Adding Apache HTTP-Server as a front-end
Many linux/unix-servers have Apache HTTP-server installed by default and it may even be used by several previous projects. If so there are many InfoGlue-installations which utilize the web server as a front-end to Apache Tomcat. Even though this is not an InfoGlue-specific task we have decided to include a small and simple how-to here.
First make sure Apache HTTP-server is installed. If you don’t know how you should start on www.apache.org before continuing.
Update: Since a while back we recommend using Mod-proxy (ajp) instead of mod-jk when you want a simple setup. The settings are a bit similar but you should find all information you need on http://tomcat.apache.org/tomcat-6.0-doc/proxy-howto.html.
We will use the Apache mod_jk-module for connecting Apache and Tomcat. Download and install from http://www.apache.org/dist/tomcat/tomcat-connectors/jk/binaries/ or download and compile yourself.
When installed you configure it by adding this or similar last to the httpd.conf (often in /etc/httpd/conf) or in an included file:
# Mod_jk settings
JkMount /infoglueCMS default
JkMount /infoglueCMS/* default
JkMount /infoglueDeliverWorking default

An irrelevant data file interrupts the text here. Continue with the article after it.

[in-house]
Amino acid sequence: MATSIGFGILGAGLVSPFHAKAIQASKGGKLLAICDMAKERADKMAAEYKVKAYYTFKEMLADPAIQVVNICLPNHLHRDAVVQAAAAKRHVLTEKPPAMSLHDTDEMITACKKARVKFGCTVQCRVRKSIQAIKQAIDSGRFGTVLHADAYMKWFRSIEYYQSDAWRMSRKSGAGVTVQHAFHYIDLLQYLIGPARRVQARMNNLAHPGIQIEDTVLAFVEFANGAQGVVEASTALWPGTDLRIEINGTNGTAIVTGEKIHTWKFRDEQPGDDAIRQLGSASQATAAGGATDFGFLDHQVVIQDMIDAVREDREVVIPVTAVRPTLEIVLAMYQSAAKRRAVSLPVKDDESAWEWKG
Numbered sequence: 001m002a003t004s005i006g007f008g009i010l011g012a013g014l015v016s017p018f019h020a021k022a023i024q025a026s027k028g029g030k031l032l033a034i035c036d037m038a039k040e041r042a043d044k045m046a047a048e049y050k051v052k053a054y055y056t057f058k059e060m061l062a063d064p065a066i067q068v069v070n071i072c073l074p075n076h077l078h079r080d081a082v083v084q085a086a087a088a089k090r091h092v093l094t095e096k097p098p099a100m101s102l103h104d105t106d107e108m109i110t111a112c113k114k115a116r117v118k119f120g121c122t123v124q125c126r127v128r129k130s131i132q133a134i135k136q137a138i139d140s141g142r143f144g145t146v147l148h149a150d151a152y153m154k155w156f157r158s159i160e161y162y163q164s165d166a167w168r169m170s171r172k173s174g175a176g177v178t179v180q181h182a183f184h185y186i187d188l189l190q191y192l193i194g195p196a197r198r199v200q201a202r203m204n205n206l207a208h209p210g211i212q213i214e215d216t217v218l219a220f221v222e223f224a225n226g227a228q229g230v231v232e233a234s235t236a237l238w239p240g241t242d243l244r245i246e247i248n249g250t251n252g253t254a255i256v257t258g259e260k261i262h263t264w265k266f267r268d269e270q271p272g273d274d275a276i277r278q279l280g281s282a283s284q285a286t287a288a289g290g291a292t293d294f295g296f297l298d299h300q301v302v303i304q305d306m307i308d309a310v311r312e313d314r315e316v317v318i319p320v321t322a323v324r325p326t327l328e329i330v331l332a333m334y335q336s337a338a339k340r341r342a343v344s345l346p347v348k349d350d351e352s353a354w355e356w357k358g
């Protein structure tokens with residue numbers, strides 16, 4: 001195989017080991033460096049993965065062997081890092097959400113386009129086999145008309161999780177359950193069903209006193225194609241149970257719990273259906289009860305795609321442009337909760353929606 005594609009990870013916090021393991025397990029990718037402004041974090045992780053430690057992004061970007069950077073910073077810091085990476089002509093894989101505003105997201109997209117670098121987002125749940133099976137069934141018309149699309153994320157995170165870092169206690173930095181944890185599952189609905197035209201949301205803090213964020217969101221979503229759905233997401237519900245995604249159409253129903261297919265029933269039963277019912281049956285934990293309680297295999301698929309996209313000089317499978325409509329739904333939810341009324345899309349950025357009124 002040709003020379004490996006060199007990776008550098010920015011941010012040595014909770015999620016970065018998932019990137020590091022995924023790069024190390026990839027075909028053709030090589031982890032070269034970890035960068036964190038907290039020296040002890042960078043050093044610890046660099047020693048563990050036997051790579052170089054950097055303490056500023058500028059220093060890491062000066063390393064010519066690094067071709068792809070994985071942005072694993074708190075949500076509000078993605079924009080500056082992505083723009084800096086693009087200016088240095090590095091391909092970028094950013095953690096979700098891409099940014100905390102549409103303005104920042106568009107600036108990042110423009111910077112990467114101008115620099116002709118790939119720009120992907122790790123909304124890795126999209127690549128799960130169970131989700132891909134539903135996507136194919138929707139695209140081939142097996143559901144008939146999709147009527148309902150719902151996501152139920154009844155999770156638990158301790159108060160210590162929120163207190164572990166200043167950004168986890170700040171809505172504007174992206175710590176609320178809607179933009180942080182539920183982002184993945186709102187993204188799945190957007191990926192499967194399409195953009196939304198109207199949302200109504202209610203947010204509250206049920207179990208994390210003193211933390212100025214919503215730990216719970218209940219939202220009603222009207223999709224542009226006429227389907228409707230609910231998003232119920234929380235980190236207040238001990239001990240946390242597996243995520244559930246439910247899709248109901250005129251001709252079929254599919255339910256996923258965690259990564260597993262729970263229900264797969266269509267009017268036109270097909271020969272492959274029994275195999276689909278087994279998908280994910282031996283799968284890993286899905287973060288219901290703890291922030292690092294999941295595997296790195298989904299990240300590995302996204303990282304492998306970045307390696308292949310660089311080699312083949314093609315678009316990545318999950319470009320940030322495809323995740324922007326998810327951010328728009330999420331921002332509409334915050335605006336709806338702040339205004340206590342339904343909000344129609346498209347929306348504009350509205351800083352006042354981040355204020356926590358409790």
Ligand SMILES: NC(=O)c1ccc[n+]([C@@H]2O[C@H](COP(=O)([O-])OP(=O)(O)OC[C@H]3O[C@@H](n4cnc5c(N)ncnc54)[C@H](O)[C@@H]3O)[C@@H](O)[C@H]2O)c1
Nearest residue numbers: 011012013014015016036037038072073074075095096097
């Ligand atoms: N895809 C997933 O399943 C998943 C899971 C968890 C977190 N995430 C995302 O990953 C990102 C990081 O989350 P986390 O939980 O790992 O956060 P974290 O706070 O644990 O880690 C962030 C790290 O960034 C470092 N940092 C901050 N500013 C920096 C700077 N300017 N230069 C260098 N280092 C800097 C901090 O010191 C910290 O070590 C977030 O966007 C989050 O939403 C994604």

JkMount /infoglueDeliverWorking/* default
JkMount /infoglueDeliverPreview default
JkMount /infoglueDeliverPreview/* default
JkMount /infoglueDeliverLive default
JkMount /infoglueDeliverLive/* default
# Use SetEnvIf if you want to let apache take care of all digitalAsset calls so Tomcat only get app-calls. Improves performance quite a bit actually. Use only for the live instances.
SetEnvIf Request_URI "/digitalAssets/*" no-jk
# Now /home will goes to the dir below - Use only for the live instances.
Alias /digitalAssets /usr/local/tomcat5.5/webapps/infoglueDeliverLive/digitalAssets
JkMount /* default
# End of mod_jk settings
Then create workers.properties in the dir pointed out in the conf (in this case /usr/local/tomcat5.5) with the following content:
Then restart Apache HTTP-server and make sure Tomcat is running. Then call the server through apache. Usually that means calling the same address but on port 80 instead of 8080.